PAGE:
G20 Tax Reform Plans May Close Amazon Loophole
July 20, 2013 | 6:38 pm
The variable tax geometry that has generated so many headlines, consumer complaints and politicians’ soundbites across Europe lately about Amazon could potentially be cut back soon, as the G20 nations line up behind an Organization of Economic Cooperation and Development (OECD) plan that condemns existing international cross-border corporate tax arrangements.
“National tax laws have not kept pace with the globalisation of corporations and the digital economy, leaving gaps that can be exploited by multi-national corporations to artificially reduce their taxes,” states the OECD’s release on its Action Plan on Base Erosion and Profit Shifting (BEPS).
Introduced at the G20 Finance Ministers’ meeting in Moscow, the Action Plan “identifies 15 specific actions that will give governments the domestic and international instruments to prevent corporations from paying little or no taxes.”
“This Action Plan, which we will roll out over the coming two years, marks a turning point in the history of international tax co-operation. It will allow countries to draw up the co-ordinated, comprehensive and transparent standards they need to prevent BEPS,” said OECD Secretary-General Angel Gurría.
The report specifically singled out the practice used by Amazon where a holding entity—in this case, Amazon in Luxembourg—licenses intellectual property or technology to other subsidiaries, resulting in the beautifully named “double non-taxation.”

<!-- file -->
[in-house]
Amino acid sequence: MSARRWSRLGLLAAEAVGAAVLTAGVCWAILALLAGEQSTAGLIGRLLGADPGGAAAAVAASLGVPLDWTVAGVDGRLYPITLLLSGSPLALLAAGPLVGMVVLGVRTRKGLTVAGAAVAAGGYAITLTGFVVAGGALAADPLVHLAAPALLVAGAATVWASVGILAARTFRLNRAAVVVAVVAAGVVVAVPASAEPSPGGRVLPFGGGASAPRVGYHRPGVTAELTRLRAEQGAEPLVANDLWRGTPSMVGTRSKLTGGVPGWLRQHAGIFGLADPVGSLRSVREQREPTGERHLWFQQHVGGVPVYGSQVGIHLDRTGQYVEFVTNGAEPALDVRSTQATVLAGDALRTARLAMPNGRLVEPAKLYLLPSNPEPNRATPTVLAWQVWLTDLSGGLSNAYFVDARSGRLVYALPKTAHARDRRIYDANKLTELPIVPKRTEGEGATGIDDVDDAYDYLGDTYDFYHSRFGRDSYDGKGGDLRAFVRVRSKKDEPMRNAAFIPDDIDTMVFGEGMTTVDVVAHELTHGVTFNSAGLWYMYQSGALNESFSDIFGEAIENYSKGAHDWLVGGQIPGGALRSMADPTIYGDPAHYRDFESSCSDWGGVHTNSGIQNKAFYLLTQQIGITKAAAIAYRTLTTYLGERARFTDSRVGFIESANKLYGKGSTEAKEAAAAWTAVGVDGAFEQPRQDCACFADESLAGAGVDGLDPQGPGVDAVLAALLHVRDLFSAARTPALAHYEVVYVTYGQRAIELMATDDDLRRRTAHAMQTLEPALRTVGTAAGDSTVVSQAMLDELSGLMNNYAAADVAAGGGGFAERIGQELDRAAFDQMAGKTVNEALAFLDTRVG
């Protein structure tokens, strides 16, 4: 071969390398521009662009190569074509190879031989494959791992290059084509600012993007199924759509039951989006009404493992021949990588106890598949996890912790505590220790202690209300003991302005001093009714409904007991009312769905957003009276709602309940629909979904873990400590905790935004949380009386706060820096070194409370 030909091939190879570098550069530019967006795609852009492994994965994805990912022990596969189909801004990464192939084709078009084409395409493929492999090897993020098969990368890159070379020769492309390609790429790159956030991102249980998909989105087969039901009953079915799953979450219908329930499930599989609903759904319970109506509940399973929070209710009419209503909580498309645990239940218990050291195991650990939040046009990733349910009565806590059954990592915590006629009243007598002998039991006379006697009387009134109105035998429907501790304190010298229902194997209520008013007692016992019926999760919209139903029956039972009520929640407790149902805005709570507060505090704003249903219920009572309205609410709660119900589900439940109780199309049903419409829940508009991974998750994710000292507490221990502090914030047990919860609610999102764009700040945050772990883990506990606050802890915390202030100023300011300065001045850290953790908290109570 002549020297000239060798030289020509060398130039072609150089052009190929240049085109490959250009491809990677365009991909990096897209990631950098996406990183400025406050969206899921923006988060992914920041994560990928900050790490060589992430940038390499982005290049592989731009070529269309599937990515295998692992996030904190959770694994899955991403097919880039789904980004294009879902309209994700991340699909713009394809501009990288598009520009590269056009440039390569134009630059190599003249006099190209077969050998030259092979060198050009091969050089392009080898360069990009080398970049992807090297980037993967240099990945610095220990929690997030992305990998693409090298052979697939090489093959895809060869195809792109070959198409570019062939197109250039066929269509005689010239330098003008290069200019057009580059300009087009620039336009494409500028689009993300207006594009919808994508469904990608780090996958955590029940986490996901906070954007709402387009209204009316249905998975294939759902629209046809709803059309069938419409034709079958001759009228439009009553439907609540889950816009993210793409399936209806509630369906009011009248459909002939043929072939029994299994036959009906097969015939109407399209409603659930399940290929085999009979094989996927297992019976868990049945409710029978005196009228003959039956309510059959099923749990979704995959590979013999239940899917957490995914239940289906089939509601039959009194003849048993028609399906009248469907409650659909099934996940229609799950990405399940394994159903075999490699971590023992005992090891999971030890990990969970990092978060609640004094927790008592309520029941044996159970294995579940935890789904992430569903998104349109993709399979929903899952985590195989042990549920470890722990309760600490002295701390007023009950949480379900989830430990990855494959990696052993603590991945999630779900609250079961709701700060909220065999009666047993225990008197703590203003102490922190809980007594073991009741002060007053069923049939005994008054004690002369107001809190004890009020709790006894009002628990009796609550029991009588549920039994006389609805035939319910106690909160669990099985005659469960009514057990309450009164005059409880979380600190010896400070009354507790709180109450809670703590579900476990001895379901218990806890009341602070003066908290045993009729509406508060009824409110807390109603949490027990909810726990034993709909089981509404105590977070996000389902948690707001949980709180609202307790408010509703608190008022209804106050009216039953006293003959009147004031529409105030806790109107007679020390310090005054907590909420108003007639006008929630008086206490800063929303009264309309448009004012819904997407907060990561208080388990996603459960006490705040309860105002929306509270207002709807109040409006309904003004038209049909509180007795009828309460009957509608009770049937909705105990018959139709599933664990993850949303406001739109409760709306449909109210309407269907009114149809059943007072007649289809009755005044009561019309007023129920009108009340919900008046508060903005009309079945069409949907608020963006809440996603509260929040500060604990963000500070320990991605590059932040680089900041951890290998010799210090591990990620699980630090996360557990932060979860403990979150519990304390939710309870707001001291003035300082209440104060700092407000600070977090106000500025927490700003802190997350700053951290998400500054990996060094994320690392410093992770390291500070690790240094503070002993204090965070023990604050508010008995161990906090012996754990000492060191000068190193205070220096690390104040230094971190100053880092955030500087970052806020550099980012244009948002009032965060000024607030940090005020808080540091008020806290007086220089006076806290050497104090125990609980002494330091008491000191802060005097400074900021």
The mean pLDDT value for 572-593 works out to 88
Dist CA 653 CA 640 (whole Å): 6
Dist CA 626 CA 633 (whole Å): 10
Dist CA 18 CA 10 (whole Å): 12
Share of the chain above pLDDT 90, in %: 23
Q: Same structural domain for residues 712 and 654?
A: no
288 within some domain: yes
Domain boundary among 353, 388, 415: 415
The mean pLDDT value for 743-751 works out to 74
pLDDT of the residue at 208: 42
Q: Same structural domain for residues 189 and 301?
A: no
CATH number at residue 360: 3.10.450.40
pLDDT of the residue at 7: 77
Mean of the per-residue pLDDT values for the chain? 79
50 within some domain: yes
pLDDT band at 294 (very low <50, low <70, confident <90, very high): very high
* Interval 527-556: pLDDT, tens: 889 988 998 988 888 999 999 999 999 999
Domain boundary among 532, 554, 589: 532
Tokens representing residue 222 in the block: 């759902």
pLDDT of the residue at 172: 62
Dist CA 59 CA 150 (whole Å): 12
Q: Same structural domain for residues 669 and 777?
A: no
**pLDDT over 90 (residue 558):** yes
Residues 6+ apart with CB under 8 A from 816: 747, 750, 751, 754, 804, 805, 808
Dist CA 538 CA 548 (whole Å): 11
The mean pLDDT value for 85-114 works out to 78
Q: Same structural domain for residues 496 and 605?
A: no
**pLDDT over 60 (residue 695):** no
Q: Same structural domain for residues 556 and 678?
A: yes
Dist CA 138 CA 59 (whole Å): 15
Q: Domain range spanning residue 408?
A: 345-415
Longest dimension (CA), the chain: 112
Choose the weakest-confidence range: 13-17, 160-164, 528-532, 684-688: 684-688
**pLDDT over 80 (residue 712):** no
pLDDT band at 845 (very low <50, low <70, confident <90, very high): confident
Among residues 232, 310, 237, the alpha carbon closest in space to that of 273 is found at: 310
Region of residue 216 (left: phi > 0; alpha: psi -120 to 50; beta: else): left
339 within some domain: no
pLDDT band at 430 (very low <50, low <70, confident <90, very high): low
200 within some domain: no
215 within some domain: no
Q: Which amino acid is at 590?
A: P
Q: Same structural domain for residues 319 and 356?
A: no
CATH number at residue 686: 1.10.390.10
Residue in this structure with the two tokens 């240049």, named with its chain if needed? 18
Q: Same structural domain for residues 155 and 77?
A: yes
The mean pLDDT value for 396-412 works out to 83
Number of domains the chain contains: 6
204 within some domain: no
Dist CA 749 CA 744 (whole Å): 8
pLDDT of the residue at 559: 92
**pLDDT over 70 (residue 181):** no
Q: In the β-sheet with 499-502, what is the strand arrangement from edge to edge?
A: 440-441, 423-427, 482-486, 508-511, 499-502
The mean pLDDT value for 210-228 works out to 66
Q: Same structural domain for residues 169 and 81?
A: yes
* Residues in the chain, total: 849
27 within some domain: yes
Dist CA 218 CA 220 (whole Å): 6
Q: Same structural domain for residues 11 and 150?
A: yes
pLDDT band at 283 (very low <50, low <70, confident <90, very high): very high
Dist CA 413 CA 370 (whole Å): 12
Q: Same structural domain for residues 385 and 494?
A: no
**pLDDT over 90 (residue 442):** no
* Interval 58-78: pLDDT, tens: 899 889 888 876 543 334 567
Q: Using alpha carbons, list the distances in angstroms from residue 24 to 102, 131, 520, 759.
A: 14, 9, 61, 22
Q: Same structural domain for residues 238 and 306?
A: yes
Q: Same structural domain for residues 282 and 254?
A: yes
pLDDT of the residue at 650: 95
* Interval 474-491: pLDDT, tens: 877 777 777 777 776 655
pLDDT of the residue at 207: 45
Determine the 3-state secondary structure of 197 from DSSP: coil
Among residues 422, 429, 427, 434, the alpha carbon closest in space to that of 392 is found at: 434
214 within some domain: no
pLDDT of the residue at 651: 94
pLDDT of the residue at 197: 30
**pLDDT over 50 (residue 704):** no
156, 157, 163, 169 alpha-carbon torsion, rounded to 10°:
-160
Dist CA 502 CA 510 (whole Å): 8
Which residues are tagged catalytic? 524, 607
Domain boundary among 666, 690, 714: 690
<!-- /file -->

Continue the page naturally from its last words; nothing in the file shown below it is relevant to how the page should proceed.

“International tax rules, many of them dating from the 1920s, ensure that businesses don’t pay taxes in two countries—double taxation,” continued Gurría. “This is laudable, but unfortunately these rules are now being abused to permit double non-taxation. The Action Plan aims to remedy this, so multinationals also pay their fair share of taxes.”
U.S. readers familiar with the American practice of dividing taxation of corporate profits among states via agreed formulae won’t see such a system used internationally—the OECD concluded it was too complex to operate on a global scale.
More from the OECD announcement:
“The Action Plan recognises the importance of addressing the digital economy, which offers a borderless world of products and services that too often do not fall within the tax regime of any specific country, leaving loopholes that allow profits to go untaxed. Requiring taxpayers to report their aggressive tax planning arrangements and rules about transfer pricing documentation, breaking-down the information on a country-by-country basis, will help governments identify risk areas and focus their audit strategies. And making dispute resolution mechanisms more effective will provide businesses with greater certainty and predictability. The actions outlined in the plan will be delivered in the coming 18 to 24 months by the joint OECD/G20 BEPS Project, which involves all OECD members and G20 countries on an equal footing.”
Amazon’s tax holiday appears to be drawing to a close: sooner, perhaps, than anyone expected.